Many people say the American dream is dead or dying a slow death. While my husband and I have personally experienced the American dream, both coming from extreme poverty to me becoming an opera singer and he a web analyst – and experiencing my parents work their way from poverty to now owning a very successful small business – I wonder if I just got lucky. Was I the only one to find the pot of gold? I wonder these things because I’m told in the news that it’s withering away. I’m told by politicians that unless they take drastic action now, the American dream will be dead, or if you vote for the other guy, the dream will die and “only I will rescue you”. It starts whirling in my head, and I start to worry for the upcoming generations. But then I meet people like Costele – and my fears that I was the last one to experience the American dream dissipate.

Costele (with the emphasis on the second syllable – think French) was my cab driver from Midway Airport to the Ogilvie train station. Costele is from Romania and came to this country 2 years ago with $100 in his pocket and the name and phone number of someone to contact once he got here. During my 30 minute ride I learned that he was a professional soccer player (which doesn’t pay much there) and a teacher in Romania, but due to the extreme poverty and lack of upward mobility, he decided to take the plunge into this said “Land of Opportunity”. After securing his visa, he made his way to Orlando. Upon arriving, he called his contact and had a job and a “contract” for a rental – a room with 15 mattresses on the floor and the “affordable” rent of only $1,000 a month. At the time he didn’t know any better. He didn’t speak English and needed a place to lay his head. He worked at a hotel and started learning the language and after making some friends, realized he was being taken advantage of. Needing to get away, a friend in Chicago told him to move there, so he did. Now he drives a cab, is married, has a nice place to live and is on his way to a green card. His English is broken, and he said his next to-do is taking ESL. After his green card is issued, his goal is to get his master’s degree translated and transferred here so he can perhaps go back to school for business and start a business that somehow incorporates soccer and education. In the midst of the conversation he said, “Look, I came from playing soccer and teaching to driving a cab. It’s nothing special. You don’t need any special skills. And it will drive you crazy if you do it too long. But it’s good money, I work for myself and make good money so I can do more.” And then he said, “I like it here. I miss parts of Romania, but I like it here. And I can’t fail because I can’t go back.  The worst is over. It can only get better”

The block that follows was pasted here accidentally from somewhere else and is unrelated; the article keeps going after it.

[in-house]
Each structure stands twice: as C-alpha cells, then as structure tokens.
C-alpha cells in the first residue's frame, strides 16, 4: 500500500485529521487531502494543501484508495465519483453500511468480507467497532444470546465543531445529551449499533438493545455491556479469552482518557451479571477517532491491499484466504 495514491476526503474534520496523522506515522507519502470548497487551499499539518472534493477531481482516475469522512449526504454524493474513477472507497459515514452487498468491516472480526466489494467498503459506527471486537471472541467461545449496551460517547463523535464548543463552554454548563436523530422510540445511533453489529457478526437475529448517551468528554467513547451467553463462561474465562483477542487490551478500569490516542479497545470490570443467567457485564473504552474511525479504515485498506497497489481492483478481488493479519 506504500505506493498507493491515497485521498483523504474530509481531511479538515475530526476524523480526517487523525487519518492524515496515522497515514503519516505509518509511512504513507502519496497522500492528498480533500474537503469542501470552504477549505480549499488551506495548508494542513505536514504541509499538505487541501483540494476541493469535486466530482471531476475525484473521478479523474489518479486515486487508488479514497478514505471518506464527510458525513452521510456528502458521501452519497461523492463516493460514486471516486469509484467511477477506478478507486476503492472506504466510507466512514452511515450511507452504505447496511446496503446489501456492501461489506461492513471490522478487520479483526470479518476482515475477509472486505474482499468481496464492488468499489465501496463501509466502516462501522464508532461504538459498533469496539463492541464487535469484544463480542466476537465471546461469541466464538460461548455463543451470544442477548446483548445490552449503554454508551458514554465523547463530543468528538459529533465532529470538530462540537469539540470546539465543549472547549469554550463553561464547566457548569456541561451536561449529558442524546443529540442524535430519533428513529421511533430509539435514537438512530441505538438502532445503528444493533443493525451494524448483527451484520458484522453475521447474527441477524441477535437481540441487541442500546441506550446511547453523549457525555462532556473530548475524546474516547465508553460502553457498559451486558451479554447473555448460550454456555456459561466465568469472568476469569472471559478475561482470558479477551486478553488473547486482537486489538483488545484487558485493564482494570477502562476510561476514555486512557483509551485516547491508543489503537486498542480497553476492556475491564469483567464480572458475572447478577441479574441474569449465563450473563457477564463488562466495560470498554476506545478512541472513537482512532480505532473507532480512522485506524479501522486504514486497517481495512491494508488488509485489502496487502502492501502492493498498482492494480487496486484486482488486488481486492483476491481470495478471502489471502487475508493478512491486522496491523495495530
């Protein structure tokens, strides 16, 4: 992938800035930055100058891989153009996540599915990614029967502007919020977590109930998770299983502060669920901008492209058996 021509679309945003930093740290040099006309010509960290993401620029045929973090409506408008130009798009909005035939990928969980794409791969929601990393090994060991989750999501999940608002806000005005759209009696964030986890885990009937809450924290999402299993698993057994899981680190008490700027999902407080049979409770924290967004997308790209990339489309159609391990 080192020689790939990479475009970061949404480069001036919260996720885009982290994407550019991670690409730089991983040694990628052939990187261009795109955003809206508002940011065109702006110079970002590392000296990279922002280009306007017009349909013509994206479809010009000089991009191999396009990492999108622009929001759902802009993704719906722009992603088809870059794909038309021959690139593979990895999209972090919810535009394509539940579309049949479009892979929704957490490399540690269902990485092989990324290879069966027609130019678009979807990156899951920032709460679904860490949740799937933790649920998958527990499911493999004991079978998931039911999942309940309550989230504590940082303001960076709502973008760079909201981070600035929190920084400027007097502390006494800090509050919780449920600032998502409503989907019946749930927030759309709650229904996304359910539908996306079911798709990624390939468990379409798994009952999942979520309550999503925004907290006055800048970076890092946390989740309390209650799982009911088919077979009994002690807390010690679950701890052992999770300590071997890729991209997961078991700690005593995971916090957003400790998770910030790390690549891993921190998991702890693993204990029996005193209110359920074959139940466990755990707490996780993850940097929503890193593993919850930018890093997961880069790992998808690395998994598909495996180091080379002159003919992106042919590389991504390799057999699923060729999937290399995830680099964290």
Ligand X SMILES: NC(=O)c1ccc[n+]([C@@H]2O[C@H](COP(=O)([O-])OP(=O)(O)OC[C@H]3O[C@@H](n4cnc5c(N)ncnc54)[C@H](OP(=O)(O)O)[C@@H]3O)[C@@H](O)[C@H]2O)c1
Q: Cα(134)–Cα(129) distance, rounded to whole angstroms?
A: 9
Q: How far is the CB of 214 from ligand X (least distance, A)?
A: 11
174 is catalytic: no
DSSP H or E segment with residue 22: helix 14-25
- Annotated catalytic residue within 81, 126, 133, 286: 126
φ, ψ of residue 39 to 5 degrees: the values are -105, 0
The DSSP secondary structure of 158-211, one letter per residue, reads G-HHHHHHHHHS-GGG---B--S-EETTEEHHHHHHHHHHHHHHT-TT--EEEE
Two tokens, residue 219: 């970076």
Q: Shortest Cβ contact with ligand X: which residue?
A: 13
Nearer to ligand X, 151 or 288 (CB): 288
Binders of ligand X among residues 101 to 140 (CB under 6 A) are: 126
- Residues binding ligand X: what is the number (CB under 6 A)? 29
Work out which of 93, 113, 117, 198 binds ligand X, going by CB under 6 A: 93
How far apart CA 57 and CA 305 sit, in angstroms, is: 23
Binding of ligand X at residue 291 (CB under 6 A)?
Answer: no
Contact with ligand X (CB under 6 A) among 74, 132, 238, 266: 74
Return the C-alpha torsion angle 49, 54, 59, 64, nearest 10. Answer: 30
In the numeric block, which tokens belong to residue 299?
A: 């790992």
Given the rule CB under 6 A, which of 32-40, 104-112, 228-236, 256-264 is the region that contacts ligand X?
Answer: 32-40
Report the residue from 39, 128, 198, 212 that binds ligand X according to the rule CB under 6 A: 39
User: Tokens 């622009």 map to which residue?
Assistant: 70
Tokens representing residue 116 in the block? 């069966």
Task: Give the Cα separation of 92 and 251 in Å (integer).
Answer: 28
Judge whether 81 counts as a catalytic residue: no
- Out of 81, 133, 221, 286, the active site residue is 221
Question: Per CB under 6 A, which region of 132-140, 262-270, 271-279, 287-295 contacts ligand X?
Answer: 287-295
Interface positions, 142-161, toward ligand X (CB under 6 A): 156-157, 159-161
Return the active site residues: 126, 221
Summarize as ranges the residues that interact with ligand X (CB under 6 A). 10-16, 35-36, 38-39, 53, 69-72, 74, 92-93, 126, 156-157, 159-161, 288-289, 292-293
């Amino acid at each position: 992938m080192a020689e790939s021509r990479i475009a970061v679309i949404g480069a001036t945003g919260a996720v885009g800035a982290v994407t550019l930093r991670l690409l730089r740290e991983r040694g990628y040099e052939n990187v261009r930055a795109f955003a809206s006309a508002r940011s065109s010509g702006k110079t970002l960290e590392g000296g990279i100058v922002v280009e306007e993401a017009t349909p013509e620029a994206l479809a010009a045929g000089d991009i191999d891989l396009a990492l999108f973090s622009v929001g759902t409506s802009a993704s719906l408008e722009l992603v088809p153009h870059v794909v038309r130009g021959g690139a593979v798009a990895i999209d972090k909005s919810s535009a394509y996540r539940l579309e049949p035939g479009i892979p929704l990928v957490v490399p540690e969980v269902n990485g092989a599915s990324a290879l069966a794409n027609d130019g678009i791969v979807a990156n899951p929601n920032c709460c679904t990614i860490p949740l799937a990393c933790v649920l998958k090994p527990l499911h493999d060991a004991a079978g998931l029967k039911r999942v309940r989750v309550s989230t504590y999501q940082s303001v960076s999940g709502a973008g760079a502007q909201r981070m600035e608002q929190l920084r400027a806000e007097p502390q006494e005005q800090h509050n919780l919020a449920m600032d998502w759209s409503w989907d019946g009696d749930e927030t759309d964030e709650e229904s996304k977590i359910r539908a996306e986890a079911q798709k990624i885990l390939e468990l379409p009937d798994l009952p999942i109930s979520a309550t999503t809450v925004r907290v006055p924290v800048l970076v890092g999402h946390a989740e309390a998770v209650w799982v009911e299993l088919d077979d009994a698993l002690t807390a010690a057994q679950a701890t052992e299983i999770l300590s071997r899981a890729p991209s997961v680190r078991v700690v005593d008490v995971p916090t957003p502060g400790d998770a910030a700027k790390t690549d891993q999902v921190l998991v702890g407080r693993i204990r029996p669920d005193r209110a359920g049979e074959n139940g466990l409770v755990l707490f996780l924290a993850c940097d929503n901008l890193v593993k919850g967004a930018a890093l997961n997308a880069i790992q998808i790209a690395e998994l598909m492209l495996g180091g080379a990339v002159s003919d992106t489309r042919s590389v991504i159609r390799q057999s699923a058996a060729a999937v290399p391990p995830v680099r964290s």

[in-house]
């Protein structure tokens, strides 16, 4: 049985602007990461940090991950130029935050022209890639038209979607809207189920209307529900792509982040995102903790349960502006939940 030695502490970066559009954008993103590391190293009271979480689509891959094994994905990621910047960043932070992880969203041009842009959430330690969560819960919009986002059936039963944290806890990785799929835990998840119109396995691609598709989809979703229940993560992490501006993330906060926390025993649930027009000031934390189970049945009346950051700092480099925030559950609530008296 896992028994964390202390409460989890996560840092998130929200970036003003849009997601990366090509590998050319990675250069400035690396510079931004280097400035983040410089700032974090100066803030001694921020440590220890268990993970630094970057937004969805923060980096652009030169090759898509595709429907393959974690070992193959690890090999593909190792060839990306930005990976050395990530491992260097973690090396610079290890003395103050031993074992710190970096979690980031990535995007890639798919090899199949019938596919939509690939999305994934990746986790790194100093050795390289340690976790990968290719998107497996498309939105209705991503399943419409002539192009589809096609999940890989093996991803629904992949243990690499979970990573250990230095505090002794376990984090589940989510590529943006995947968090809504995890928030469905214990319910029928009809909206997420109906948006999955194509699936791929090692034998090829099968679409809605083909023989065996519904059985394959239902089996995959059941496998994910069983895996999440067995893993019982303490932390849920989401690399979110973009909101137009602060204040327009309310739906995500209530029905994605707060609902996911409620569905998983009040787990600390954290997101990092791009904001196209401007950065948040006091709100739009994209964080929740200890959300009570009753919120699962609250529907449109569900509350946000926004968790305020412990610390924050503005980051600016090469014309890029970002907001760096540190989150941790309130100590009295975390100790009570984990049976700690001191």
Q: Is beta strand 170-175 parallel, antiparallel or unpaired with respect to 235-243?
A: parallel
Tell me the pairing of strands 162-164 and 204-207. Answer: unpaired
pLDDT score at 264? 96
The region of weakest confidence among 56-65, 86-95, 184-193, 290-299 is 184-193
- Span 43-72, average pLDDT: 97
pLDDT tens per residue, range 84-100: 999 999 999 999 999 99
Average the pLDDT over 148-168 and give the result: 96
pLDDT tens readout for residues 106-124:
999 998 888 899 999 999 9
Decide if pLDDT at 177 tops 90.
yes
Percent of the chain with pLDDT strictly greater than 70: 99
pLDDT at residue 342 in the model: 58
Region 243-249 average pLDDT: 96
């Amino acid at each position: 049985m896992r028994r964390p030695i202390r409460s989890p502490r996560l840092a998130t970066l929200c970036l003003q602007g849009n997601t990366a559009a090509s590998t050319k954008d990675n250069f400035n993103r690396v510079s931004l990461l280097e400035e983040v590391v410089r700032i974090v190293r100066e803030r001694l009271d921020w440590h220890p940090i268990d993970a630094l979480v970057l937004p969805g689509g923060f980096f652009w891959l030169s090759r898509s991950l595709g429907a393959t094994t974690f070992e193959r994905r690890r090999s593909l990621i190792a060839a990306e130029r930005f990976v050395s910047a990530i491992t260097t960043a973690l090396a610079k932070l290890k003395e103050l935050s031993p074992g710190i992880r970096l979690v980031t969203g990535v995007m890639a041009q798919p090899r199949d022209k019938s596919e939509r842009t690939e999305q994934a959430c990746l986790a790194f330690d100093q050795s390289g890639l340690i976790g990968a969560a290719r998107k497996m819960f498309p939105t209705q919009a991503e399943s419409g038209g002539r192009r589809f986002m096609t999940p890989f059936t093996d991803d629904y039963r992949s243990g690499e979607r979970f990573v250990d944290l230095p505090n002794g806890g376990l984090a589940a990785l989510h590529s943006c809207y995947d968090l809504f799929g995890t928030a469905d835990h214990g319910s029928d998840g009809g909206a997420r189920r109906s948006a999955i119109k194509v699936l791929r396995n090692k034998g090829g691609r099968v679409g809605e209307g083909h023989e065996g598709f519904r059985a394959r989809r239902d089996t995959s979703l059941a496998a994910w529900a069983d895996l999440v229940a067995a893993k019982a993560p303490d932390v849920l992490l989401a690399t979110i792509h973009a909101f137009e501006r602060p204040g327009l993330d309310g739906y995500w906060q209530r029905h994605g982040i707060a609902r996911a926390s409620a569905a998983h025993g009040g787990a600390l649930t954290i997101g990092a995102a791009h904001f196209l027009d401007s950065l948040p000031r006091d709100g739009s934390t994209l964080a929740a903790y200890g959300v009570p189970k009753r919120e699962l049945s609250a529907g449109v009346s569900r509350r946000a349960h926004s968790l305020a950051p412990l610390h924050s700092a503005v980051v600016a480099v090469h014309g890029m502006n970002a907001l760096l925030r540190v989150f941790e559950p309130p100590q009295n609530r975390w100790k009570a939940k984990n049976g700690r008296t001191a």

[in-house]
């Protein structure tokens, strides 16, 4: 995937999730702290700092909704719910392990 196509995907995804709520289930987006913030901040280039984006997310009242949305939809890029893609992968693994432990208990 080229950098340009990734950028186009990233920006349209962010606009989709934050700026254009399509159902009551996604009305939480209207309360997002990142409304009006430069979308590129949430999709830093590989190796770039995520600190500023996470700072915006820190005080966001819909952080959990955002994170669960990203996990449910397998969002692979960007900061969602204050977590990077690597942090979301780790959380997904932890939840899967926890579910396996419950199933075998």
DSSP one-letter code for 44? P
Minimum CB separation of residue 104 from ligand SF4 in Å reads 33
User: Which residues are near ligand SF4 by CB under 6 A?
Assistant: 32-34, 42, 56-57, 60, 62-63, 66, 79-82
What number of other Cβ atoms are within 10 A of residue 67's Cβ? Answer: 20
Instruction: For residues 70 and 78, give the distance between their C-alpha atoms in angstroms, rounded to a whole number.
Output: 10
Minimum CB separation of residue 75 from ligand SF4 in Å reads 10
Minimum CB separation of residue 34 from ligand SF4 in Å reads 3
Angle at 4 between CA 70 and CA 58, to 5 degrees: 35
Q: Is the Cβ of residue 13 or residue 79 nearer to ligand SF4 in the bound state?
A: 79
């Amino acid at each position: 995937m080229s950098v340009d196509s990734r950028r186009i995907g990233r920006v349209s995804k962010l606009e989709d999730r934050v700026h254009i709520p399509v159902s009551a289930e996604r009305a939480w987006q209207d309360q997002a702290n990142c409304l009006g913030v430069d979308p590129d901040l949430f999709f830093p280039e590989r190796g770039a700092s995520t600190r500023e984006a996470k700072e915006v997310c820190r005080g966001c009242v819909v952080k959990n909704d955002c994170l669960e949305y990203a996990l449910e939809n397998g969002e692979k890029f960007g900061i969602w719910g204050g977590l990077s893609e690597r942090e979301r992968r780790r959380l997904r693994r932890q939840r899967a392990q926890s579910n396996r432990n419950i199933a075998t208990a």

No folks, it’s not dead. It seems only to be dead to those who live off the power they gain from telling people it’s dead and journalists who don’t know any better. It’s not dead. It’s yours for the taking. You just have to go get it – and in the process you’ll probably end up inspiring others or taking someone else along with you.

The 4 oz dilemma

May 21, 2009

With all the travel I do, I get really really tired of flying. I’m almost ready to become the opera world’s John Madden. Give me a pimped out bus and send me across the country. Except for the glorious existence of Southwest, all other airlines are terrible. Delays, broken planes, charge you $4 for a $.50 candy bar when they should just give you the obligatory peanuts in the first place, the rude staff, the overpriced tickets, the outrageous change fees, the lost luggage…I really don’t have to continue.

But what do I hate more than anything about flying? TSA.

I mean where else in the world are high school drop outs (I think you only need a GED to get a job) and retirees in charge of “security”. No offense against these folks, but for pete’s sake – when I get off the plane in Germany, I am greeted by the military with machine guns. That’s security.

Forgetting the fact that the TSA is an invasion of my privacy and the fact that you cannot hold them responsible for any damages or losses they cause to the items which they inspect, I am always faced with the awful dilemma of my liquid limits.

I will use a current example. I am flying to Chicago to audition for Lyric Opera’s young artist program. My schedule is tight if I am to catch the train that will take me to the ‘burbs where I am staying for free. In order to catch said train, I must not check my bag. It’s an overnight trip so it would be ridiculous to do so with my tiny bag. HOWEVER. I am faced with the 4 oz dilemma. I have two personal care products which cannot be put into any other container that are 4 oz a piece. One I can live without – the other? No way. Not if my hair is going to look decent. So, here are my options:

1) Do I chance it and try to break Federal law (not sure if it really is, but the TSA folks sure make you think it is) and sneak the offending material into my bag and hope for the best?

2) Rent a car and spend rental fees, gas and parking to avoid missing my train? (Which would run in the $60 – $80 range?

3) Give up on the free place in the ‘burbs and bid on a hotel in Chicago and hope for something that will run around $60 – $80 (hey, I have yet to pay more than $75 for a room and I’ve stayed in many downtown areas in a 3 star place – NYC NOT included)

4) Check the bag and run like hell.

5) Check the bag and miss the train and add an extra hour to my trip.

I mean, this is a major decision. And all because some dingbat in Washington thinks that I can create a explosive device with my hair spray.

Damn those 4 innocent ounces.

It’s always the innocent that get caught in the crossfire.